driver may be preferred. I have not had to place any one on crutches post PRP.
If your achilles was injected with PRP, a boot may be worn until pain subsides in
a few days. Do not take any NSAIDs or anti-inflammatories listed above for at
least 2 weeks after your PRP injection. Pain medication may be prescribed for
the small percentage (estimated 1 in 10) who get severe pain for 1-2 days. I do
not recommend icing after PRP injection. Compression wrap may provide
relief. For the first week you should lay low, even if you feel great; we have had
patients return to activity too soon and then feel as if they undid the work of the
PRP. Most can resume therapy exercises and light sport activity after week 2.
Every case is unique. Follow-up appointment is made 4 weeks post PRP.
What is the cost of PRP injection?
Cost for one PRP Platelet Rich Plasma joint, ligament, or tendon injection is
$600. Multiple injections may be discounted. It is not covered by insurance.
PRP Platelet Concentration that may be achieved:
Blood Volume 60 mL
PRP Volume 6 mL
Platelet Concentration enrichment greater than five-fold increase
Platelet Count/µl 1,000,000 to 2,000,00 (average 1.5 million)
Is PRP (platelet rich plasma) for everyone?
No. I have seen many athletes and patients come from other locations treated
with prolotherapy, prolozone, stem cells, and/or PRP when they should not have
been treated with these out of pocket treatments.
Literature on PRP:
A 2017 article demonstrates how Platelet Rich Plasma (PRP) protects against
cartilage degradation in arthritis by 1. increasing the proliferation of
chondrocytes, the only cells located in cartilage, whose job it is to produce and
maintain your cartilage, 2. reversing senescence (deterioration with age) and
increasing quiescent cells (non-aging cells that can withstand stress and
preserve key functional features ), and by 3. significantly decreasing
chondrocyte apoptosis (cell death).
A 2017 meta-analysis of randomized clinical trials on platelet rich plasma (PRP)
versus steroid cortisone injection for lateral epicondylitis or tennis elbow
concludes PRP is more effective in relieving pain and improving function in the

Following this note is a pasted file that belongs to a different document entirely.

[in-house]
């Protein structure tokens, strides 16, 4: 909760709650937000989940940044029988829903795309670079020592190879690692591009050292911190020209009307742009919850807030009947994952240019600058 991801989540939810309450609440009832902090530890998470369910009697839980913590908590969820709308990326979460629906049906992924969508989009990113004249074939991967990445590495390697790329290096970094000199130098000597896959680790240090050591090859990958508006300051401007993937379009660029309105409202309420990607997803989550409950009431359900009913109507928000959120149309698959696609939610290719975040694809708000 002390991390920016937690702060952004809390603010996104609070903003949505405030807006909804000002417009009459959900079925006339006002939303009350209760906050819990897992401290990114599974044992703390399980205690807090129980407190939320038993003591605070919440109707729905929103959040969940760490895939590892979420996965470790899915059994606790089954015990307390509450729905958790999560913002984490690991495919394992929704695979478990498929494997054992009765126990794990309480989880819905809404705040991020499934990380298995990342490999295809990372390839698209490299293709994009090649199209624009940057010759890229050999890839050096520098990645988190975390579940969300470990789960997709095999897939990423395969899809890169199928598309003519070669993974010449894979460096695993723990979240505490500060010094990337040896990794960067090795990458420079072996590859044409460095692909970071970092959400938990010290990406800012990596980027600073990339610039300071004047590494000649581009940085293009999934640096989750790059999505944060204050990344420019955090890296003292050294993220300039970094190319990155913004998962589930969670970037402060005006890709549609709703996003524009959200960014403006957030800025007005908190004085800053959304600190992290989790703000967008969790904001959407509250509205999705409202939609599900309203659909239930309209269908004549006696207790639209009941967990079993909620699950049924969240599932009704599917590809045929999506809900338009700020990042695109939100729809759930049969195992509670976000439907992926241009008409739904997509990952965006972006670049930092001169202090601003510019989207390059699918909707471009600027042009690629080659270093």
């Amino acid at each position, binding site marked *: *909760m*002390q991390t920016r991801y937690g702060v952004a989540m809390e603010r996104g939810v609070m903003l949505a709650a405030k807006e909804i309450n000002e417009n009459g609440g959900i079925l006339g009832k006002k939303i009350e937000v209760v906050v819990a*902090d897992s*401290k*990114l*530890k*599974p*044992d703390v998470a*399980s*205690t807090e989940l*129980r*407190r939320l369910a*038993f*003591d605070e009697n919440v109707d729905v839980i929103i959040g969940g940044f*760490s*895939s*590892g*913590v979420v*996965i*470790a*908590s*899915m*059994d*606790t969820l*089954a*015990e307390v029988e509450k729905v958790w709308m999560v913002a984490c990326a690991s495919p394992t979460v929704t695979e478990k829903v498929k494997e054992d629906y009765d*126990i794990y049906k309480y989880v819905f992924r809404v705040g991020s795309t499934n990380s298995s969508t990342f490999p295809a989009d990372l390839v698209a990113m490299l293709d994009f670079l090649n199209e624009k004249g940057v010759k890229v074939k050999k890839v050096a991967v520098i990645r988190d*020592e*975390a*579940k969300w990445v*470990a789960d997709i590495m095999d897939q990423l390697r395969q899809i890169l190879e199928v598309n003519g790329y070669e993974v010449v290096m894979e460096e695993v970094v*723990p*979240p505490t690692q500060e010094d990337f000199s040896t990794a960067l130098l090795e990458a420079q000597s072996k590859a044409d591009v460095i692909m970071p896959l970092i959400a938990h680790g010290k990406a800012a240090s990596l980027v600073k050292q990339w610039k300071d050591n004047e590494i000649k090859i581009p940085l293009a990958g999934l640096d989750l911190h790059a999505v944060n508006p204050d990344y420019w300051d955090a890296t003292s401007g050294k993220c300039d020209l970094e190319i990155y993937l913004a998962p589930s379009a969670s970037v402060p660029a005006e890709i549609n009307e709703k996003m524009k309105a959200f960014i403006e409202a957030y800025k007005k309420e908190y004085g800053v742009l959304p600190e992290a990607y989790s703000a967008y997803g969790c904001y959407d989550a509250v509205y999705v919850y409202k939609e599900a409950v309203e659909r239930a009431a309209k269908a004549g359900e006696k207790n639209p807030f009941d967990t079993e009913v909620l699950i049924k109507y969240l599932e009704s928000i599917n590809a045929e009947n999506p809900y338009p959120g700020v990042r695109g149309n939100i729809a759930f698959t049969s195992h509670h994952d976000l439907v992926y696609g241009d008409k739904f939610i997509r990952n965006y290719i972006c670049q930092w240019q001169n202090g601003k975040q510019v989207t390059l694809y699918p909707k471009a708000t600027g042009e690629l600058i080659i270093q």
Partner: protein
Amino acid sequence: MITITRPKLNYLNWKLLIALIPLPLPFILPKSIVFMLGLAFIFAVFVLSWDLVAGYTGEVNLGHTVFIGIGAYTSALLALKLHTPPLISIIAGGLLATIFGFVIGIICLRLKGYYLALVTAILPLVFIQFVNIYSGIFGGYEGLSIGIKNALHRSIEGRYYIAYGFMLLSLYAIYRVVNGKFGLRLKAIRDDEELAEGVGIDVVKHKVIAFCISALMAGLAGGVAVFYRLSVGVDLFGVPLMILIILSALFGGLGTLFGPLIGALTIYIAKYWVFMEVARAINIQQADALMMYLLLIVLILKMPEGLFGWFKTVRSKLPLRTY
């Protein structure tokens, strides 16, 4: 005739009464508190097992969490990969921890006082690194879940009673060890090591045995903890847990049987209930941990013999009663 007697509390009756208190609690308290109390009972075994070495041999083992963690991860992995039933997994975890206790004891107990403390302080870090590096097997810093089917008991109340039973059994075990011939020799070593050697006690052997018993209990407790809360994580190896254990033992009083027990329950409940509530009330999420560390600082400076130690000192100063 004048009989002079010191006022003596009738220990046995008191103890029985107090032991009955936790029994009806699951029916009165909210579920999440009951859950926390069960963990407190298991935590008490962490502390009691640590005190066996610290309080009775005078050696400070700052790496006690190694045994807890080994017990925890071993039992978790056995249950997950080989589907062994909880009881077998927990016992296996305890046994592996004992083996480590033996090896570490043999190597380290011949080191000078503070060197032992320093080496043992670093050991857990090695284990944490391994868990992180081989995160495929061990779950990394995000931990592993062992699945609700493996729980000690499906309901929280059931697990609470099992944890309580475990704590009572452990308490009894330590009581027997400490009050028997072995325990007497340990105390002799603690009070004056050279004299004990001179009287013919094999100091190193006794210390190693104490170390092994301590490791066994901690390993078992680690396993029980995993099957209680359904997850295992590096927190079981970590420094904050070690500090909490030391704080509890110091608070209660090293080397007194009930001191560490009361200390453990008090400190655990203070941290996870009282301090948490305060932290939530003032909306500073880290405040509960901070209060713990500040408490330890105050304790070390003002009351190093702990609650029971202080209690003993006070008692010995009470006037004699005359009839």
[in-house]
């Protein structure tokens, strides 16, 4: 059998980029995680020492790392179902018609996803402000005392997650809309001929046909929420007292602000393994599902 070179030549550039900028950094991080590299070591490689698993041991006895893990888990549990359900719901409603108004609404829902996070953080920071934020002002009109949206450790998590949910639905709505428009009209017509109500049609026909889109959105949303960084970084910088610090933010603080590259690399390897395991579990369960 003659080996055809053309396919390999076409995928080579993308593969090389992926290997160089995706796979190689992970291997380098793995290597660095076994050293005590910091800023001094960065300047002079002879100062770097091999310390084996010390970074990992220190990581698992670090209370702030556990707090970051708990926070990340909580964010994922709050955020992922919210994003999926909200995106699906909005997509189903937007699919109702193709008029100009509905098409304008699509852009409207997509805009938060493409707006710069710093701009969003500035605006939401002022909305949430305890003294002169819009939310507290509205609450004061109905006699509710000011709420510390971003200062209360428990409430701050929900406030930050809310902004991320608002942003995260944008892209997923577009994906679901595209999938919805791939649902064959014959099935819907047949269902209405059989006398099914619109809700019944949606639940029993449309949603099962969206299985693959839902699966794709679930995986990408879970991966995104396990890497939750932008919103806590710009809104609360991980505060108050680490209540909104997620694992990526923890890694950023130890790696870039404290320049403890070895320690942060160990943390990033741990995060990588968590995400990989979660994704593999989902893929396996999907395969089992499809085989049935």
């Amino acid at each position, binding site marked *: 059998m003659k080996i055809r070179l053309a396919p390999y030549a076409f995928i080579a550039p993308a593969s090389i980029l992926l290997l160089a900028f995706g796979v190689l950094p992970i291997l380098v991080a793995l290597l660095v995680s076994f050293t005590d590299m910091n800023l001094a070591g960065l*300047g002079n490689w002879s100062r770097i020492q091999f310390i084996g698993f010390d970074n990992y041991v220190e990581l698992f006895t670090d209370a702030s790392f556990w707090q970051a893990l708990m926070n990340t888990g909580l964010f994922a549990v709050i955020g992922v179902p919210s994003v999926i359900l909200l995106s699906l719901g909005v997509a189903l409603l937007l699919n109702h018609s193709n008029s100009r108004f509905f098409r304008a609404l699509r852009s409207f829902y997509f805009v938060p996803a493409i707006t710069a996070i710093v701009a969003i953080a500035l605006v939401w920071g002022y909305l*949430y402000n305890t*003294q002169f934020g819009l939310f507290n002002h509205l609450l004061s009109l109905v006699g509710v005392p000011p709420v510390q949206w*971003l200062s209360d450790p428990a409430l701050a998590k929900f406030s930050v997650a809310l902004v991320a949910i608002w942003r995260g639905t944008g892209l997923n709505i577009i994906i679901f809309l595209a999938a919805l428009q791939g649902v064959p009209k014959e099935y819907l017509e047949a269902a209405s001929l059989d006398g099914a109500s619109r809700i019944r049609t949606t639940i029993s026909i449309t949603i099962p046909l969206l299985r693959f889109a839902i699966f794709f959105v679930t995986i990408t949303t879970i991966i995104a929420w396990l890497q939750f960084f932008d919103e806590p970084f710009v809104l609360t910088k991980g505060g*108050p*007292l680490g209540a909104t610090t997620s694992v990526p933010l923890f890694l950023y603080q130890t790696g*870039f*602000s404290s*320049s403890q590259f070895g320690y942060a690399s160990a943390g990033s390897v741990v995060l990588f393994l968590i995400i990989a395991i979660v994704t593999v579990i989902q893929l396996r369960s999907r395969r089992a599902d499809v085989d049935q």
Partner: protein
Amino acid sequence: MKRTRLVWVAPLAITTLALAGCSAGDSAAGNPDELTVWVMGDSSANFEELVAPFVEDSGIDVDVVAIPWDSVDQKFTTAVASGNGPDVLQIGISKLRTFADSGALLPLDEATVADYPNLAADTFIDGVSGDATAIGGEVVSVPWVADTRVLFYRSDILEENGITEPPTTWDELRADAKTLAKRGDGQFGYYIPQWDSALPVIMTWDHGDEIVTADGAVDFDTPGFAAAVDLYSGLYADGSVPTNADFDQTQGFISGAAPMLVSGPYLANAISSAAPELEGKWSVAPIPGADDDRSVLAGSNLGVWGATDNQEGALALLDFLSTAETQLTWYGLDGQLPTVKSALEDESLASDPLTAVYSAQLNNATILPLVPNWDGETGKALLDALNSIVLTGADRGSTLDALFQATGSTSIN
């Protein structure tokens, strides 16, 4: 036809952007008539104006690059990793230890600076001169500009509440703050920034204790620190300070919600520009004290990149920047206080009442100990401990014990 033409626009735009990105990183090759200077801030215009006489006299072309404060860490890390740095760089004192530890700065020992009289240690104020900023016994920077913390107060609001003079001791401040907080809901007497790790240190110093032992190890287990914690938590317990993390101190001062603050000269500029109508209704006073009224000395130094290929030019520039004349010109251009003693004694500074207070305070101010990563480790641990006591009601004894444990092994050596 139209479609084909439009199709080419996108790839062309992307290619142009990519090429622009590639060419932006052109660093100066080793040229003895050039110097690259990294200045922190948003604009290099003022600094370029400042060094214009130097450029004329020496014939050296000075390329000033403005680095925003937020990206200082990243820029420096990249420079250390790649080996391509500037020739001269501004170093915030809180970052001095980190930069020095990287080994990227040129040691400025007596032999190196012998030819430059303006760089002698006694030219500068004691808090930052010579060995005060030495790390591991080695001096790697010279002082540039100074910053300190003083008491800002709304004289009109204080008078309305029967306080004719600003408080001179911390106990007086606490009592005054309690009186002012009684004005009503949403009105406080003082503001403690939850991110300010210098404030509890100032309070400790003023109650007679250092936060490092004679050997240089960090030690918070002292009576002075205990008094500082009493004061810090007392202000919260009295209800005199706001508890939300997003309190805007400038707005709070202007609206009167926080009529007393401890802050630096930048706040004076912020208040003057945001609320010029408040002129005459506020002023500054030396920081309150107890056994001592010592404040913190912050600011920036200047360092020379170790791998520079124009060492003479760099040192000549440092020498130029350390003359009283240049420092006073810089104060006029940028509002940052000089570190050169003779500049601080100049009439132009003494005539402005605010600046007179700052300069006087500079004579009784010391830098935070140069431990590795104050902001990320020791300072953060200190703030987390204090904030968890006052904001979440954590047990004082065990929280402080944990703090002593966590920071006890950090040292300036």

long term than cortisone and is now the recommended preferred first line
treatment by these authors.
A new study in 2017 on PRP in rheumatoid arthritis (RA) one of the most
devastating kinds of arthritis, found platelet rich plasma inhibits inflammatory
factors and represses rheumatoid fibroblast-like synoviocytes in rheumatoid
arthritis. Another 2017 article demonstrating PRP anti-inflammatory effect in
A new study in 2017 supports platelet rich plasma (PRP) over cortisone injection
for tennis elbow as PRP had a longer duration of effect of improved function and
decrease in pain and caused greater healing as demonstrated by ultrasound, with
cortisone effect wearing off after 3 months.
A new randomized prospective double blinded study in 2017 found evidence
platelet rich plasma (PRP) is even effective for advanced late stage knee
Platelet rich plasma PRP injections were found to be superior than gel injections
for arthritis. In a 2017 meta-analysis of ten Level I randomized control trials,
PRP was found to provide superior pain relief and greater functional outcomes
than viscosupplementation or gel injections (hyaluronic acid) in patients with
symptomatic knee osteoarthritis one year after injection.
PRP superior to cortisone for tennis elbow in a double blind placebo controlled
A single ultrasound guided, injection of PRP in rotator cuff tears resulted in safe,
significant, sustained improvement of pain, function, and MRI outcomes
refractory to physical therapy and cortisone injection.
A single PRP injection for hamstring injuries combined with a rehabilitation
program was significantly more effective than a rehabilitation program alone.
PRP injection of achilles and patella tendinopathy resulted in significant and
lasting improvement of clinical symptoms.
Other injection therapies that Dr. Silberman may discuss with you:
Cortisone - covered by insurance
Viscosupplementation (Synvisc) - covered by insurance
Bone Marrow Aspirate Stem Cells - not covered by insurance